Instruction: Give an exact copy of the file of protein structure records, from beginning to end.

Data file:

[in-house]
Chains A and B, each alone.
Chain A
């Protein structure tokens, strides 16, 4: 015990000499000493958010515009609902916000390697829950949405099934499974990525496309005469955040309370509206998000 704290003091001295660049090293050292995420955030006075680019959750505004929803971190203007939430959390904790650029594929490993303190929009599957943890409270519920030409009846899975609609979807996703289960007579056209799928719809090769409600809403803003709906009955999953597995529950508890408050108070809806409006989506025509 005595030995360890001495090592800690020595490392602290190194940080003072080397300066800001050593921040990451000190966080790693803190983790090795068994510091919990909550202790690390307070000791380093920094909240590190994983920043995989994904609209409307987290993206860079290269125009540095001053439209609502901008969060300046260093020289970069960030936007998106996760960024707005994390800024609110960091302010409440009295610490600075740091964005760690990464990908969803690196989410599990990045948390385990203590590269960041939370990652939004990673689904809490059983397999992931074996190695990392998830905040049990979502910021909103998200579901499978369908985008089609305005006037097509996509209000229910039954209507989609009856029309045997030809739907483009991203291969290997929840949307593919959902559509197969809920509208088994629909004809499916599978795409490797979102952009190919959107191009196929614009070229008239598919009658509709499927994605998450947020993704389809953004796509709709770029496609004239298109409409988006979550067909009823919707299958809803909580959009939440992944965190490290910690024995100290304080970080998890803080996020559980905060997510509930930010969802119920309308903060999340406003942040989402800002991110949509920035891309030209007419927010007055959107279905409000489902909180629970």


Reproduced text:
[in-house]
Chains A and B, each alone.
Chain A
């Protein structure tokens, strides 16, 4: 015990000499000493958010515009609902916000390697829950949405099934499974990525496309005469955040309370509206998000 704290003091001295660049090293050292995420955030006075680019959750505004929803971190203007939430959390904790650029594929490993303190929009599957943890409270519920030409009846899975609609979807996703289960007579056209799928719809090769409600809403803003709906009955999953597995529950508890408050108070809806409006989506025509 005595030995360890001495090592800690020595490392602290190194940080003072080397300066800001050593921040990451000190966080790693803190983790090795068994510091919990909550202790690390307070000791380093920094909240590190994983920043995989994904609209409307987290993206860079290269125009540095001053439209609502901008969060300046260093020289970069960030936007998106996760960024707005994390800024609110960091302010409440009295610490600075740091964005760690990464990908969803690196989410599990990045948390385990203590590269960041939370990652939004990673689904809490059983397999992931074996190695990392998830905040049990979502910021909103998200579901499978369908985008089609305005006037097509996509209000229910039954209507989609009856029309045997030809739907483009991203291969290997929840949307593919959902559509197969809920509208088994629909004809499916599978795409490797979102952009190919959107191009196929614009070229008239598919009658509709499927994605998450947020993704389809953004796509709709770029496609004239298109409409988006979550067909009823919707299958809803909580959009939440992944965190490290910690024995100290304080970080998890803080996020559980905060997510509930930010969802119920309308903060999340406003942040989402800002991110949509920035891309030209007419927010007055959107279905409000489902909180629970």